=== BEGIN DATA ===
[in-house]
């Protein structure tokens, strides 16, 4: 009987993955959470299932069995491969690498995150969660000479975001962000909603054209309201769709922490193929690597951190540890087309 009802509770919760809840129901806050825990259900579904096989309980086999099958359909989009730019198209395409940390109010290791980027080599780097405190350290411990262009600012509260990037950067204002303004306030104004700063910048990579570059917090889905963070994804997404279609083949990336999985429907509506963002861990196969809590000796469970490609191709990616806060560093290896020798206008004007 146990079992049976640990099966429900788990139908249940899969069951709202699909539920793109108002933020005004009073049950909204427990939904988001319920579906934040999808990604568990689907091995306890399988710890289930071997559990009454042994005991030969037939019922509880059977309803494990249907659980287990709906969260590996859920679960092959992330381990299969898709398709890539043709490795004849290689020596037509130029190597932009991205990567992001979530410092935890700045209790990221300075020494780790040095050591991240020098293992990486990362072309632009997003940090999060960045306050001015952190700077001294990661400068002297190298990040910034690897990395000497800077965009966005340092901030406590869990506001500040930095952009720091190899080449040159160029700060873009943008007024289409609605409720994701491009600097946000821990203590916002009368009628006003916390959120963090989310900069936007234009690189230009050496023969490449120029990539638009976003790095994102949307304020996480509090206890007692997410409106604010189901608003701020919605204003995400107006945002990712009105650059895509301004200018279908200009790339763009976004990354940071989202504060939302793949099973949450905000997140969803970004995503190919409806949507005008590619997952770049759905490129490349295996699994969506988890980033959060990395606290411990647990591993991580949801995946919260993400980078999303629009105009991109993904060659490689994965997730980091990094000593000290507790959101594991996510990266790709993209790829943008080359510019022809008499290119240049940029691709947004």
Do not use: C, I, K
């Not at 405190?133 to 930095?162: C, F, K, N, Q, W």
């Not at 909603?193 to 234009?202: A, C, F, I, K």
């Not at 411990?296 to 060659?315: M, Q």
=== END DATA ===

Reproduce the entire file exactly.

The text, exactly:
[in-house]
């Protein structure tokens, strides 16, 4: 009987993955959470299932069995491969690498995150969660000479975001962000909603054209309201769709922490193929690597951190540890087309 009802509770919760809840129901806050825990259900579904096989309980086999099958359909989009730019198209395409940390109010290791980027080599780097405190350290411990262009600012509260990037950067204002303004306030104004700063910048990579570059917090889905963070994804997404279609083949990336999985429907509506963002861990196969809590000796469970490609191709990616806060560093290896020798206008004007 146990079992049976640990099966429900788990139908249940899969069951709202699909539920793109108002933020005004009073049950909204427990939904988001319920579906934040999808990604568990689907091995306890399988710890289930071997559990009454042994005991030969037939019922509880059977309803494990249907659980287990709906969260590996859920679960092959992330381990299969898709398709890539043709490795004849290689020596037509130029190597932009991205990567992001979530410092935890700045209790990221300075020494780790040095050591991240020098293992990486990362072309632009997003940090999060960045306050001015952190700077001294990661400068002297190298990040910034690897990395000497800077965009966005340092901030406590869990506001500040930095952009720091190899080449040159160029700060873009943008007024289409609605409720994701491009600097946000821990203590916002009368009628006003916390959120963090989310900069936007234009690189230009050496023969490449120029990539638009976003790095994102949307304020996480509090206890007692997410409106604010189901608003701020919605204003995400107006945002990712009105650059895509301004200018279908200009790339763009976004990354940071989202504060939302793949099973949450905000997140969803970004995503190919409806949507005008590619997952770049759905490129490349295996699994969506988890980033959060990395606290411990647990591993991580949801995946919260993400980078999303629009105009991109993904060659490689994965997730980091990094000593000290507790959101594991996510990266790709993209790829943008080359510019022809008499290119240049940029691709947004």
Do not use: C, I, K
């Not at 405190?133 to 930095?162: C, F, K, N, Q, W």
């Not at 909603?193 to 234009?202: A, C, F, I, K």
């Not at 411990?296 to 060659?315: M, Q």